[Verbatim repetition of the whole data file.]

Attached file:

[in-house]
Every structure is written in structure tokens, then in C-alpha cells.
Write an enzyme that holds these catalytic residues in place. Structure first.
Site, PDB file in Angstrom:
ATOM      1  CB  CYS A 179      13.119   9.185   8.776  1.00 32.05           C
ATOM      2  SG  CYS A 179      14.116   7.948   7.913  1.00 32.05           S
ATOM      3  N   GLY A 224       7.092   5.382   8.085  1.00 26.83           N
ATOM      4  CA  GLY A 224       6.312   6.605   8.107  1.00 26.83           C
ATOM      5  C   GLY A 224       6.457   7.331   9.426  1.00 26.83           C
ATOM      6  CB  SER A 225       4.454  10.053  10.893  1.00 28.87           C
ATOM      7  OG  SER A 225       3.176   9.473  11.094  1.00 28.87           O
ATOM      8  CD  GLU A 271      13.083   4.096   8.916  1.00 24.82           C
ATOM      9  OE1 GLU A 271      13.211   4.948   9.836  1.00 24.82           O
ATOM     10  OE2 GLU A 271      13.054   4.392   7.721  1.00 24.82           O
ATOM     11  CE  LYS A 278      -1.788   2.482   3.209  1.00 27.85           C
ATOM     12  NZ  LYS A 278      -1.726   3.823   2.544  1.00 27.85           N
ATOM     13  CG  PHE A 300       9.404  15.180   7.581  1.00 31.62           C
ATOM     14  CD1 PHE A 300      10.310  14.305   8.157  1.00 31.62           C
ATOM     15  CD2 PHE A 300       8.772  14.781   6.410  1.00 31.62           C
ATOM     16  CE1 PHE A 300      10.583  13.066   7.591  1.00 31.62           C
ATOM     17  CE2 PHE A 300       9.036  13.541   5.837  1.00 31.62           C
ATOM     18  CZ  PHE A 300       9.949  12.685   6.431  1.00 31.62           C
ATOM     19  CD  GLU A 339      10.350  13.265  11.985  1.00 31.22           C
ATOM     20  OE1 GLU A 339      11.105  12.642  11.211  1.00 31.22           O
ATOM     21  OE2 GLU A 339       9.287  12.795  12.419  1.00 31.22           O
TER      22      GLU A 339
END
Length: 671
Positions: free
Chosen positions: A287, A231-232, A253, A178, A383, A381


[in-house]
Every structure is written in structure tokens, then in C-alpha cells.
Write an enzyme that holds these catalytic residues in place. Structure first.
Site, PDB file in Angstrom:
ATOM      1  CB  CYS A 179      13.119   9.185   8.776  1.00 32.05           C
ATOM      2  SG  CYS A 179      14.116   7.948   7.913  1.00 32.05           S
ATOM      3  N   GLY A 224       7.092   5.382   8.085  1.00 26.83           N
ATOM      4  CA  GLY A 224       6.312   6.605   8.107  1.00 26.83           C
ATOM      5  C   GLY A 224       6.457   7.331   9.426  1.00 26.83           C
ATOM      6  CB  SER A 225       4.454  10.053  10.893  1.00 28.87           C
ATOM      7  OG  SER A 225       3.176   9.473  11.094  1.00 28.87           O
ATOM      8  CD  GLU A 271      13.083   4.096   8.916  1.00 24.82           C
ATOM      9  OE1 GLU A 271      13.211   4.948   9.836  1.00 24.82           O
ATOM     10  OE2 GLU A 271      13.054   4.392   7.721  1.00 24.82           O
ATOM     11  CE  LYS A 278      -1.788   2.482   3.209  1.00 27.85           C
ATOM     12  NZ  LYS A 278      -1.726   3.823   2.544  1.00 27.85           N
ATOM     13  CG  PHE A 300       9.404  15.180   7.581  1.00 31.62           C
ATOM     14  CD1 PHE A 300      10.310  14.305   8.157  1.00 31.62           C
ATOM     15  CD2 PHE A 300       8.772  14.781   6.410  1.00 31.62           C
ATOM     16  CE1 PHE A 300      10.583  13.066   7.591  1.00 31.62           C
ATOM     17  CE2 PHE A 300       9.036  13.541   5.837  1.00 31.62           C
ATOM     18  CZ  PHE A 300       9.949  12.685   6.431  1.00 31.62           C
ATOM     19  CD  GLU A 339      10.350  13.265  11.985  1.00 31.22           C
ATOM     20  OE1 GLU A 339      11.105  12.642  11.211  1.00 31.22           O
ATOM     21  OE2 GLU A 339       9.287  12.795  12.419  1.00 31.22           O
TER      22      GLU A 339
END
Length: 671
Positions: free
Chosen positions: A287, A231-232, A253, A178, A383, A381